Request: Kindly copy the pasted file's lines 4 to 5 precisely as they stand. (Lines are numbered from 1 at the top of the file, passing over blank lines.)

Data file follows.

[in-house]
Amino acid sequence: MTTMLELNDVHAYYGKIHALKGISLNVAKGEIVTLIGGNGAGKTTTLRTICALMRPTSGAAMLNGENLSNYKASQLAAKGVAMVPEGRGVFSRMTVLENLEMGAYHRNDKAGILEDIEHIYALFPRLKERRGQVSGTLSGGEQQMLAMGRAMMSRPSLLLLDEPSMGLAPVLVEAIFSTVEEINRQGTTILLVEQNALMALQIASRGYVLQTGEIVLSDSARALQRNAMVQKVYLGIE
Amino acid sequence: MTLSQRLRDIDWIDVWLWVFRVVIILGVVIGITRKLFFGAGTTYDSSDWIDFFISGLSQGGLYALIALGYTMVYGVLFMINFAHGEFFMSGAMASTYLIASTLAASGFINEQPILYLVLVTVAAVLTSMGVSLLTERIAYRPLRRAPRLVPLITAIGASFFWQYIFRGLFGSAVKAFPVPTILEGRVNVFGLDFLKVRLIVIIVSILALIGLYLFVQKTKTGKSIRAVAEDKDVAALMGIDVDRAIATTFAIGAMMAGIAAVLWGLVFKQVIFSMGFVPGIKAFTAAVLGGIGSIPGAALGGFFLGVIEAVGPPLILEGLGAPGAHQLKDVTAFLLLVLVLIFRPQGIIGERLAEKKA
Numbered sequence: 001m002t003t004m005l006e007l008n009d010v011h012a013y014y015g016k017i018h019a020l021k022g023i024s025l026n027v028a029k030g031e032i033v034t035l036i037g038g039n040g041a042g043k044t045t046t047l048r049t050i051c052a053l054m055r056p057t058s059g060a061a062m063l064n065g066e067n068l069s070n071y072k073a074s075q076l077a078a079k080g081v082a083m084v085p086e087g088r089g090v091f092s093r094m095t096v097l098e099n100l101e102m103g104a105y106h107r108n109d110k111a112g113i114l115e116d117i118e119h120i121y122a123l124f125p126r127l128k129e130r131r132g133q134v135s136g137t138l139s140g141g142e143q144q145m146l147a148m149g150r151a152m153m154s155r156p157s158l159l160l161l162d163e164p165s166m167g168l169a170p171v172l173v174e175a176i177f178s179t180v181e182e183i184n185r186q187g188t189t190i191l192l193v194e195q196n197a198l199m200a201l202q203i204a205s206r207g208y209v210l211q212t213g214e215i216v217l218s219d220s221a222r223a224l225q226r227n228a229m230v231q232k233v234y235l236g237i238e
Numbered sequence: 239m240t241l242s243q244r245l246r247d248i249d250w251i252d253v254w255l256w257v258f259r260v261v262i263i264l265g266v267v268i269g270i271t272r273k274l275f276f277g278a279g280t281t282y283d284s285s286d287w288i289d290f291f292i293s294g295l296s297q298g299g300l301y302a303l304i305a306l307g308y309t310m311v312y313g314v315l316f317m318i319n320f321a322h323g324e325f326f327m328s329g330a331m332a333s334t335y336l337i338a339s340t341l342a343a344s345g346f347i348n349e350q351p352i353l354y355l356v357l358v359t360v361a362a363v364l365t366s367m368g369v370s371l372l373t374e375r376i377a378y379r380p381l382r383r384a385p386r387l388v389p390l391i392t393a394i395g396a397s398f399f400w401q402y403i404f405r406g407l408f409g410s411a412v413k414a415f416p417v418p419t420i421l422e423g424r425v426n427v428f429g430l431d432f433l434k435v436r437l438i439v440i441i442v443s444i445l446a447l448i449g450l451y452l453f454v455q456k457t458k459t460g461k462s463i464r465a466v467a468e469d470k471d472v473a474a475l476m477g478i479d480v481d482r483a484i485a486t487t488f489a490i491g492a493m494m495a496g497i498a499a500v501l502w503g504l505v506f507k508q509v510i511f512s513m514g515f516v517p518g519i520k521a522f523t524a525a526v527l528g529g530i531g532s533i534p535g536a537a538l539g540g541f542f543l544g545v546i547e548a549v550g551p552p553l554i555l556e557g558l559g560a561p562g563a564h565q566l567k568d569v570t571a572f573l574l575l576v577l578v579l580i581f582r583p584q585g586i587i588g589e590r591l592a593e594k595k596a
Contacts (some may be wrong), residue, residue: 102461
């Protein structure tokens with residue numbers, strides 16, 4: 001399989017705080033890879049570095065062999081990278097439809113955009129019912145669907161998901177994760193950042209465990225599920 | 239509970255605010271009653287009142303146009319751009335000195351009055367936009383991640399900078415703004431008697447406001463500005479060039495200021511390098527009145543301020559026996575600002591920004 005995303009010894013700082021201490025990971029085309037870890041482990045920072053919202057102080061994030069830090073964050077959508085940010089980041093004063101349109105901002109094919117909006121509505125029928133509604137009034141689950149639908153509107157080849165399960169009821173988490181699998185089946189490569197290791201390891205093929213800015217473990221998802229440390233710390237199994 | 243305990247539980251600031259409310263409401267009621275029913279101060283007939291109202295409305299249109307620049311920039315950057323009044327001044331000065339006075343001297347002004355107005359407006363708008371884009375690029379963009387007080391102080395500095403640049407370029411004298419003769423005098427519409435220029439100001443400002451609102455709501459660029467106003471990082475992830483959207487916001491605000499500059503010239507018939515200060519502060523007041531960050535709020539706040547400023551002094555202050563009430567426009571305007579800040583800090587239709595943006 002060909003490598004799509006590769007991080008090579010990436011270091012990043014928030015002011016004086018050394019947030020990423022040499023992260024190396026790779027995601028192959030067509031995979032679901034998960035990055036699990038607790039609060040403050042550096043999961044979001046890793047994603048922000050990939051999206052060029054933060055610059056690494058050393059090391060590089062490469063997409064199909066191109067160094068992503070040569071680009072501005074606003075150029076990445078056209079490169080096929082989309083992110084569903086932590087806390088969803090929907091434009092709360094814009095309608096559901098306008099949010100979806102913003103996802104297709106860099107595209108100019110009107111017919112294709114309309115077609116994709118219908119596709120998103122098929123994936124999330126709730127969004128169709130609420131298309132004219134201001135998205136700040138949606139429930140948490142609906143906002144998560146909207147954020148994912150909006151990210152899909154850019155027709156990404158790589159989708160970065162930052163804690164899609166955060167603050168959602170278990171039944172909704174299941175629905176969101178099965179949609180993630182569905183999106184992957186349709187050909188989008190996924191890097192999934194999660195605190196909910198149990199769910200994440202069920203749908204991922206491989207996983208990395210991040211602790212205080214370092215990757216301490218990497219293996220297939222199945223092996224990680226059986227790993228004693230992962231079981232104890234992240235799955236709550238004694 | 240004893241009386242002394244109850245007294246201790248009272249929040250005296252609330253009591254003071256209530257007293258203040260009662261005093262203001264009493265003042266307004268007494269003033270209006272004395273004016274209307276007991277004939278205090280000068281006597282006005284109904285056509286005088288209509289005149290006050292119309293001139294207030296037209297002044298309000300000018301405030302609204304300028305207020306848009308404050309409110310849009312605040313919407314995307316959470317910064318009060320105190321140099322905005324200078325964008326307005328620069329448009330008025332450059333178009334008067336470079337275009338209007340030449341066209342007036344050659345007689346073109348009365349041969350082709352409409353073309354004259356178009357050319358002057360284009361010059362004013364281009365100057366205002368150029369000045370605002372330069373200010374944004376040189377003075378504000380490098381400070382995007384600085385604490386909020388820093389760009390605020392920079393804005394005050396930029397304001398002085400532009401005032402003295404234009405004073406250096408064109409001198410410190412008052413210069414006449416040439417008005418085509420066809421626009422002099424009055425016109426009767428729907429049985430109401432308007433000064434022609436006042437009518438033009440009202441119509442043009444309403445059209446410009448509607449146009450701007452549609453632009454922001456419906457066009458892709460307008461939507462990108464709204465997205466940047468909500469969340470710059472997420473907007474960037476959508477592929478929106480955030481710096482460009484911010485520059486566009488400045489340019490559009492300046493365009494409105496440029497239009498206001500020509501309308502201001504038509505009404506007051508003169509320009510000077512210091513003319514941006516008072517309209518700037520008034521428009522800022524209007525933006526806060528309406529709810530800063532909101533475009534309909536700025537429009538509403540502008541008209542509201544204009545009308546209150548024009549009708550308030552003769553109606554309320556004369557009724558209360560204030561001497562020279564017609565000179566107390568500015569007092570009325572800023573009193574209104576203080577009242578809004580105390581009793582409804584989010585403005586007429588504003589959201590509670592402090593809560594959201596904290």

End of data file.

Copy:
Numbered sequence: 001m002t003t004m005l006e007l008n009d010v011h012a013y014y015g016k017i018h019a020l021k022g023i024s025l026n027v028a029k030g031e032i033v034t035l036i037g038g039n040g041a042g043k044t045t046t047l048r049t050i051c052a053l054m055r056p057t058s059g060a061a062m063l064n065g066e067n068l069s070n071y072k073a074s075q076l077a078a079k080g081v082a083m084v085p086e087g088r089g090v091f092s093r094m095t096v097l098e099n100l101e102m103g104a105y106h107r108n109d110k111a112g113i114l115e116d117i118e119h120i121y122a123l124f125p126r127l128k129e130r131r132g133q134v135s136g137t138l139s140g141g142e143q144q145m146l147a148m149g150r151a152m153m154s155r156p157s158l159l160l161l162d163e164p165s166m167g168l169a170p171v172l173v174e175a176i177f178s179t180v181e182e183i184n185r186q187g188t189t190i191l192l193v194e195q196n197a198l199m200a201l202q203i204a205s206r207g208y209v210l211q212t213g214e215i216v217l218s219d220s221a222r223a224l225q226r227n228a229m230v231q232k233v234y235l236g237i238e
Numbered sequence: 239m240t241l242s243q244r245l246r247d248i249d250w251i252d253v254w255l256w257v258f259r260v261v262i263i264l265g266v267v268i269g270i271t272r273k274l275f276f277g278a279g280t281t282y283d284s285s286d287w288i289d290f291f292i293s294g295l296s297q298g299g300l301y302a303l304i305a306l307g308y309t310m311v312y313g314v315l316f317m318i319n320f321a322h323g324e325f326f327m328s329g330a331m332a333s334t335y336l337i338a339s340t341l342a343a344s345g346f347i348n349e350q351p352i353l354y355l356v357l358v359t360v361a362a363v364l365t366s367m368g369v370s371l372l373t374e375r376i377a378y379r380p381l382r383r384a385p386r387l388v389p390l391i392t393a394i395g396a397s398f399f400w401q402y403i404f405r406g407l408f409g410s411a412v413k414a415f416p417v418p419t420i421l422e423g424r425v426n427v428f429g430l431d432f433l434k435v436r437l438i439v440i441i442v443s444i445l446a447l448i449g450l451y452l453f454v455q456k457t458k459t460g461k462s463i464r465a466v467a468e469d470k471d472v473a474a475l476m477g478i479d480v481d482r483a484i485a486t487t488f489a490i491g492a493m494m495a496g497i498a499a500v501l502w503g504l505v506f507k508q509v510i511f512s513m514g515f516v517p518g519i520k521a522f523t524a525a526v527l528g529g530i531g532s533i534p535g536a537a538l539g540g541f542f543l544g545v546i547e548a549v550g551p552p553l554i555l556e557g558l559g560a561p562g563a564h565q566l567k568d569v570t571a572f573l574l575l576v577l578v579l580i581f582r583p584q585g586i587i588g589e590r591l592a593e594k595k596a